WOLA: Advocacy for Human Rights in the Americas

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9 Jun 2022 | News

While Eyes Focus on Colombia’s Presidential Elections, Abuses Continue

As presidential elections take way in Colombia, the Washington Office on Latin America’s (WOLA) Colombia program has continued to receive alarming information about the ongoing persecution and stigmatization against social leaders, human rights defenders, and civil society organizations in the country.

For more information about Colombia’s 2022 presidential elections, see the following WOLA analyses:

We share with you concerning situations we’ve received that require your attention:

Social Leader Assassinated (Cauca)
On April 30, the Institute for Development and Peace Studies (Instituto de estudios para el desarrollo y la paz, INDEPAZ) recorded the murder of Yesid Caña, a well-recognized Indigenous leader in Caldono municipality, Cauca department. Armed actors assassinated Caña, a member of the La Aguada reservation and the creator of the world’s largest artisan hand-made backpack that was presented at the 50th anniversary of the Regional Indigenous Council of Cauca (Consejo Regional Indígena del Cauca, CRIC). The Ombudsman’s office posted an Early Warning Alert 040/20 for the Caldono municipality, which signaled that infiltration was possible since one of the main interests of illegal armed groups is achieving interconnected mobility through the north and east. Caña was a part of a civil movement against illegal armed groups and drug trafficking, and was the 61st social leader to be assassinated in 2022, per documentation by INDEPAZ.

Legal Representative of Human Rights Organization Threatened (Cundinamarca)
On April 29, the Observatory for the Protection of Human Rights Defenders (Observatorio para la Protección de los Defensores de Derechos Humanos) and the World Organization Against Torture (Organización Mundial Contra la Tortura, OMCT) called international attention to the threats made against the Intereclesial Commission for Justice and Peace (Comisión Intereclesial de Justicia y Paz, CIJP) and their legal representative Danilo Rueda. While visiting the Picota Penitentiary Center in Bogotá, Rueda was accused by the government party of exchanging prison sentence reductions with political votes. The government party alleged that this was instigated by a group of individuals including the brother of presidential candidate Gustavo Petro. Shortly thereafter, videos were leaked to the press that misconstrued Rueda’s career as a human rights defender. In their report, the Observatory issued a call to action from Colombian authorities to guarantee the safety of CIJIP and Rueda and to recognize the importance of all human rights defenders. Moreover, CIJIP described in their official statement how former President Álvaro Urbe Vélez’ personal  accusation of Danilo Rueda put his life in high risk, undermining his career and covering up for a secret criminal operation in Colombia.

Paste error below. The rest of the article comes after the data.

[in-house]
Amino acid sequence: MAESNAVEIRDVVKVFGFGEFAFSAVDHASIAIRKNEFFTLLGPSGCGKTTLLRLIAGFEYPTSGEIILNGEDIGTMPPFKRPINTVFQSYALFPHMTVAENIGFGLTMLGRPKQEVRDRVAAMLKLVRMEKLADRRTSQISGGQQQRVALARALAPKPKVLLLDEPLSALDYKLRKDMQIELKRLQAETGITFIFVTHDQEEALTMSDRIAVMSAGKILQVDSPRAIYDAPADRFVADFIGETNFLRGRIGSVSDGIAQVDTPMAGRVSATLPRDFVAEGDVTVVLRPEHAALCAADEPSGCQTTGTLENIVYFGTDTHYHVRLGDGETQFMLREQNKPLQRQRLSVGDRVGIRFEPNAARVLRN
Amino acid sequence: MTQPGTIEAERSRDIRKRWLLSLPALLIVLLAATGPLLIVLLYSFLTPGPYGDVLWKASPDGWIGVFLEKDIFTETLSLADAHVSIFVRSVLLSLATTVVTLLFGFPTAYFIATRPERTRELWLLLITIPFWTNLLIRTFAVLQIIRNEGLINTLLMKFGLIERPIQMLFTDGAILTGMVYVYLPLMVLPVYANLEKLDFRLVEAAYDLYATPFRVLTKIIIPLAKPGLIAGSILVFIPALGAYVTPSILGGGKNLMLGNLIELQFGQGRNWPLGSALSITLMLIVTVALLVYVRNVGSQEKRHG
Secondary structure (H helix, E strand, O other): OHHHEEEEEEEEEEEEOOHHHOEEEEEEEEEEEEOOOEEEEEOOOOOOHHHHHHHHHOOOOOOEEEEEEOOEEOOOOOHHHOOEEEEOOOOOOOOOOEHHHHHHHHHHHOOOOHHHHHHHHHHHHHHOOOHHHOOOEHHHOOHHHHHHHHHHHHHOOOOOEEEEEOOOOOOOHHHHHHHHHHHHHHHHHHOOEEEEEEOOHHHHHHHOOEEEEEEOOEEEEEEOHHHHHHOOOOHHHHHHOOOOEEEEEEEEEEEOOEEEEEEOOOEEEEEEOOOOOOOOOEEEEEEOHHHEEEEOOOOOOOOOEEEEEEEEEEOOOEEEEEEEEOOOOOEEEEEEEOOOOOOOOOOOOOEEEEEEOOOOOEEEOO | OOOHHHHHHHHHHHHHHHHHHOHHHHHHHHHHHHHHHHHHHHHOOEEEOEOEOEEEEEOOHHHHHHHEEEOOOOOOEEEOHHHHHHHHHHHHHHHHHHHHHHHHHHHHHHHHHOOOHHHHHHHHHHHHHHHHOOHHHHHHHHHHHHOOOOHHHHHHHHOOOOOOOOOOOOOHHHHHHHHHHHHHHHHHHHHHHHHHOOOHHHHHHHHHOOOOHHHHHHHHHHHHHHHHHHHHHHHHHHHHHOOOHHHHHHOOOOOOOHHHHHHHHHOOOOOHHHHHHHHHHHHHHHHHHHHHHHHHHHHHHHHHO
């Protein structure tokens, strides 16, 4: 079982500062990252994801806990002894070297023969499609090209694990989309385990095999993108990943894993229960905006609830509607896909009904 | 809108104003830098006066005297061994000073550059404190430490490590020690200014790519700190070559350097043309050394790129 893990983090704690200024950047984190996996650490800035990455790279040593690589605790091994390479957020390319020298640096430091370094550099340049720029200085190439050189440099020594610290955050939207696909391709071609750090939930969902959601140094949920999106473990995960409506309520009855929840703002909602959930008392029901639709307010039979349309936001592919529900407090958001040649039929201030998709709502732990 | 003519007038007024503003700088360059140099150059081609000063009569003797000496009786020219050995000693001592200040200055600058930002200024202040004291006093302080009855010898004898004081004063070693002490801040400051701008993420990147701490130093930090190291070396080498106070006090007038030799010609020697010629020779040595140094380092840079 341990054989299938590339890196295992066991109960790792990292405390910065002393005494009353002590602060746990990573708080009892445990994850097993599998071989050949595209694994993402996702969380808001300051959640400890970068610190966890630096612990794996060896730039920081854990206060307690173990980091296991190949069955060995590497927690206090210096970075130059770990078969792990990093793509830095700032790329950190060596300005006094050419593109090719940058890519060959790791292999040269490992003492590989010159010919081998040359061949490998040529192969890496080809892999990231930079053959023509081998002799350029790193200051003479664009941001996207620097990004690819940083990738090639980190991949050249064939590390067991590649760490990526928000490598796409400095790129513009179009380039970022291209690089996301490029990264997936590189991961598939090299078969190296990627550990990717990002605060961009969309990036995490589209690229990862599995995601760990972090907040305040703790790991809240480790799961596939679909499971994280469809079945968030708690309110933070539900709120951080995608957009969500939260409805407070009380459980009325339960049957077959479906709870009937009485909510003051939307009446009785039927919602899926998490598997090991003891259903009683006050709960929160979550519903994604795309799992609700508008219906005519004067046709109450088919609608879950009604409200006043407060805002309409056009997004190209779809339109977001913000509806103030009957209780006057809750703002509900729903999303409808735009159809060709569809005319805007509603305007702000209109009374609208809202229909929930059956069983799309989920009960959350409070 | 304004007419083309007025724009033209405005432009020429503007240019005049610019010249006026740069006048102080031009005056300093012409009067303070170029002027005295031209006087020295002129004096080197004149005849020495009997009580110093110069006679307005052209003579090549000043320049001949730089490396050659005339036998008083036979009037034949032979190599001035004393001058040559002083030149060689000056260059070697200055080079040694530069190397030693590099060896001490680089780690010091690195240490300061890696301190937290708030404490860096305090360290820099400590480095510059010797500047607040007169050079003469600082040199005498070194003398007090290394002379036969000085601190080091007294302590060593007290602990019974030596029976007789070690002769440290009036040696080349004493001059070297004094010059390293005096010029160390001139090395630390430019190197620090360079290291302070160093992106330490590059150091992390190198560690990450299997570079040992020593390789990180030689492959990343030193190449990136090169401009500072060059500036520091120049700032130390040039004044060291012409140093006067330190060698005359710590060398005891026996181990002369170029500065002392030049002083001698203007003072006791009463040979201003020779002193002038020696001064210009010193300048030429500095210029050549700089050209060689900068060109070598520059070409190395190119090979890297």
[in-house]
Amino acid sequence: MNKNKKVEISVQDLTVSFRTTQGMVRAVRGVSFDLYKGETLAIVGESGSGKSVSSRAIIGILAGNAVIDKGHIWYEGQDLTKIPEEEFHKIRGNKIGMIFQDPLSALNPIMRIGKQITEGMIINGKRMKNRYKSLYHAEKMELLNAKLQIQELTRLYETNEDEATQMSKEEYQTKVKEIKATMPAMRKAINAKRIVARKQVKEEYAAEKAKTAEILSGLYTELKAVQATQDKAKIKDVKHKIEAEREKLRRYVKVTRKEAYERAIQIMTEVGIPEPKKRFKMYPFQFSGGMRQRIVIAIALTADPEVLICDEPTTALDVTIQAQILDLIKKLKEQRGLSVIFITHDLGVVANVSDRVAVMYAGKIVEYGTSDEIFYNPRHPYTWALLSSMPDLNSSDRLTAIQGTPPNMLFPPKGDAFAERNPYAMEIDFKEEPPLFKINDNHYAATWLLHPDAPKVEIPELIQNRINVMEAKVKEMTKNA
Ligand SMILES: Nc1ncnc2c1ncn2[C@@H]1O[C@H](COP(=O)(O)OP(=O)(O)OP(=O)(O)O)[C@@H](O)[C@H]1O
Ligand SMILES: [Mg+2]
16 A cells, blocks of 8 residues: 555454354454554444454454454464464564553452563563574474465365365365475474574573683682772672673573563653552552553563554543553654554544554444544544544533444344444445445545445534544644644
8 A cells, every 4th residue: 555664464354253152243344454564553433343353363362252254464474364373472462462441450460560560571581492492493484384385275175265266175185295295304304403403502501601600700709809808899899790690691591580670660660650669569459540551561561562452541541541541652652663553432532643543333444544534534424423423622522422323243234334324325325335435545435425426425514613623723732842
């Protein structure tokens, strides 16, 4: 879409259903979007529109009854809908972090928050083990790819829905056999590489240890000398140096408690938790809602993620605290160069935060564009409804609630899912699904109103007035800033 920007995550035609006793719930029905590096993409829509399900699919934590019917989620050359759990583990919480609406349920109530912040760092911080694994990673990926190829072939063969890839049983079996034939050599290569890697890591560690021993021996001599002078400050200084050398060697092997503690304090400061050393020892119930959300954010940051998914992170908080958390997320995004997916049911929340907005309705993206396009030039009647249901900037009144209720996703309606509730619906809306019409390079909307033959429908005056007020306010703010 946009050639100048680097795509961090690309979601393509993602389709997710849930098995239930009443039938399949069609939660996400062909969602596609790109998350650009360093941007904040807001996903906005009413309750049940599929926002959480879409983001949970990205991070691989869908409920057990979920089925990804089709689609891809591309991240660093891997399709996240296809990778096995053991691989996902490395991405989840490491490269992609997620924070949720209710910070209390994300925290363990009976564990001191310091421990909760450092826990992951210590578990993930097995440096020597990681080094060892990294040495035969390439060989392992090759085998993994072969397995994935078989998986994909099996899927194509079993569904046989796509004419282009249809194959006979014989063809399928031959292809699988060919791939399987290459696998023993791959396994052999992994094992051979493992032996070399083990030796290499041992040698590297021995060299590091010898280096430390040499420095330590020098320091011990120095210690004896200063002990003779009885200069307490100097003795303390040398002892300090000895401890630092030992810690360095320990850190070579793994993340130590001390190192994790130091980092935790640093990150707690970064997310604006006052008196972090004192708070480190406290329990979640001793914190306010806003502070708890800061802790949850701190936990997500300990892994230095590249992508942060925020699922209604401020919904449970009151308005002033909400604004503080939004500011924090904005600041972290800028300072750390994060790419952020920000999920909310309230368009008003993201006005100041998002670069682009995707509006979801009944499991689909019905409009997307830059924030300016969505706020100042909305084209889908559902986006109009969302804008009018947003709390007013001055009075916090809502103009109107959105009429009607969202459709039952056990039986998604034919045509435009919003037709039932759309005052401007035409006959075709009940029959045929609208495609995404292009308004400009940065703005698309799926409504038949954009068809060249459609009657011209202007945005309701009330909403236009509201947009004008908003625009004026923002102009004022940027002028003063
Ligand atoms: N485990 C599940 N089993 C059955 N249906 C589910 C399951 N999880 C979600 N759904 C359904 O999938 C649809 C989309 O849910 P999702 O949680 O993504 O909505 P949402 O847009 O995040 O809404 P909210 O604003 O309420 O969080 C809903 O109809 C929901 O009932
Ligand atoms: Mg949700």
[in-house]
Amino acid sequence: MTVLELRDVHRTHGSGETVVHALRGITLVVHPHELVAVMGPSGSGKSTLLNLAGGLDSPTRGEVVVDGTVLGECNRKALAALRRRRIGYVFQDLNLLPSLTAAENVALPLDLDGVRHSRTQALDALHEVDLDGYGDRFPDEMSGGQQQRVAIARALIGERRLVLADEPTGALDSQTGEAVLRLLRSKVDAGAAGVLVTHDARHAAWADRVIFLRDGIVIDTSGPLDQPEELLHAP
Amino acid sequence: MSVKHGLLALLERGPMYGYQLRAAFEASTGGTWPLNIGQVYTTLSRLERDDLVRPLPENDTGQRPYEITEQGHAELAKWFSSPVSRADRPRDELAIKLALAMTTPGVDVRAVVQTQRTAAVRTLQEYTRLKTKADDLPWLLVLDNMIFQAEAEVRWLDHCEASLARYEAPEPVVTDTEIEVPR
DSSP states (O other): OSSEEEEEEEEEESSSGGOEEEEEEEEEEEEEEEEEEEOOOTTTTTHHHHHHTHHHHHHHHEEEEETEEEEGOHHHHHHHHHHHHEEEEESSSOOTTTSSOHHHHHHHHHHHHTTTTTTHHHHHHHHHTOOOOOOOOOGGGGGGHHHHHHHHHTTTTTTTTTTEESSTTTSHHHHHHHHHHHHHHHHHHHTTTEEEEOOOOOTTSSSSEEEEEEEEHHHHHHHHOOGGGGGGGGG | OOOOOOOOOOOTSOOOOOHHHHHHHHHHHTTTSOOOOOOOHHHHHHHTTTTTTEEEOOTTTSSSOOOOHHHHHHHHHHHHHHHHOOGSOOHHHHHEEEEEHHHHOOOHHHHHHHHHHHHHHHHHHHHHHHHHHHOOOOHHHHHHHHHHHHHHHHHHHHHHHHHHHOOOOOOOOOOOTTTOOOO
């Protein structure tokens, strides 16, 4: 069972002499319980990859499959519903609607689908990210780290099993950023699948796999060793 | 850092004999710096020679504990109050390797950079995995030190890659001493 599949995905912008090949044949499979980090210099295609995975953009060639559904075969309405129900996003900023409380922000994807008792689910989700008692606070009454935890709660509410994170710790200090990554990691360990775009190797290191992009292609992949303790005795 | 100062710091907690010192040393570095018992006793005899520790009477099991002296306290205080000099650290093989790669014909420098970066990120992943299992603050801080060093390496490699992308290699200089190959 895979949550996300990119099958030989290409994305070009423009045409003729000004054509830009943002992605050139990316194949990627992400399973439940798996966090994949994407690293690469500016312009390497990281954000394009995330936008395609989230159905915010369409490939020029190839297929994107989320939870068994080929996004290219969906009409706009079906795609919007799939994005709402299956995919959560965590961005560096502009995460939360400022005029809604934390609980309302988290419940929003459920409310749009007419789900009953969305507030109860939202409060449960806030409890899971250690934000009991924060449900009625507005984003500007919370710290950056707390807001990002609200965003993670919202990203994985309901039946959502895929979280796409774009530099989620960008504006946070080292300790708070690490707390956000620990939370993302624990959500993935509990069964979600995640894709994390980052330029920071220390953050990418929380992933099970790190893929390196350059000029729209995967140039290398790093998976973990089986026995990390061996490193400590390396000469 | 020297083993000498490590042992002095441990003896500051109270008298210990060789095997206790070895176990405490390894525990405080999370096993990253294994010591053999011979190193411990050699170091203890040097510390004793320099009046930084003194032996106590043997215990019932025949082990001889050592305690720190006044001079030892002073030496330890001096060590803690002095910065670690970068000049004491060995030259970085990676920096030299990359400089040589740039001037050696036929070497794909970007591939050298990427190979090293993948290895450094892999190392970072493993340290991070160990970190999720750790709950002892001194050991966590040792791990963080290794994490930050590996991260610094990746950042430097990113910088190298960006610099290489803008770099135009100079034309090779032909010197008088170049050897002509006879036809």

Union Members Receive Death Threats (Valle del Cauca)
On April 26, members of Emcali Union (Unión Sindical de Emcali, USE) received death threats in the form of emails by a local gang titled gang 8. On April 8, the members of the gang announced that they will be attempting to kill those in the Nueva Floresta sector of USE. The union notified the Attorney General, who now has the emails in their possession. USE called for the national government, authorities, and police to protect the lives of the union members. The president of USE, José Roosevelt Lugo Cárdenas, announced that he continues to fear for the safety of the union members after a security guard was killed during his night watch shift. He additionally called for rapid action and attention to the situation as the union continues to be threatened.

Family Members Reject Assassination of Social Leader (Antioquia)
On April 22, the Sumapaz Foundation released an official statement from the family members of the assassinated social leader Victor Alfonso Giraldo Valencia denouncing his assassination. Victor was a well-known social leader whose assassination is continuously justified by the state authorities because of his assumed connections with criminal groups and prior police records. The family urged the proper authorities to take action and retract the accusations against him and his family in an effort to protect them from any further violence.

Fracking Project Suspended to Protect Environment Afro-Colombian Communities (Santander)
On April 21, the Afrowilches Corporation (Corporación Afrowilches), represented by the Colombia Fracking Free Alliance (Alianza Colombia Libre de Fracking), the Podion Corporation (Corporación Podion), and the José Alvear Restrepo Collective (Colectivo José Alvear Restrepo), celebrated victory as the local court in Barrancabermeja, Santander department suspended a pilot fracking project. The Afro-Colombian communities of Puerto Wilches municipality have resisted the project for years as it would contaminate the natural water supply and thus harm the environment and communities that depend on it. The continuance of the project would have resulted in violations of human rights and local law, in addition to serving as a primary example of the Duque administration’s duplicitous speeches that call for the protection of the environment yet allow for the implementation of harmful projects. The Puerto Wilches territory is still awaiting official titling and registration as an Afro-Community Council from the Interior Ministry.

President of Human Rights Organization Under Threat (Santander)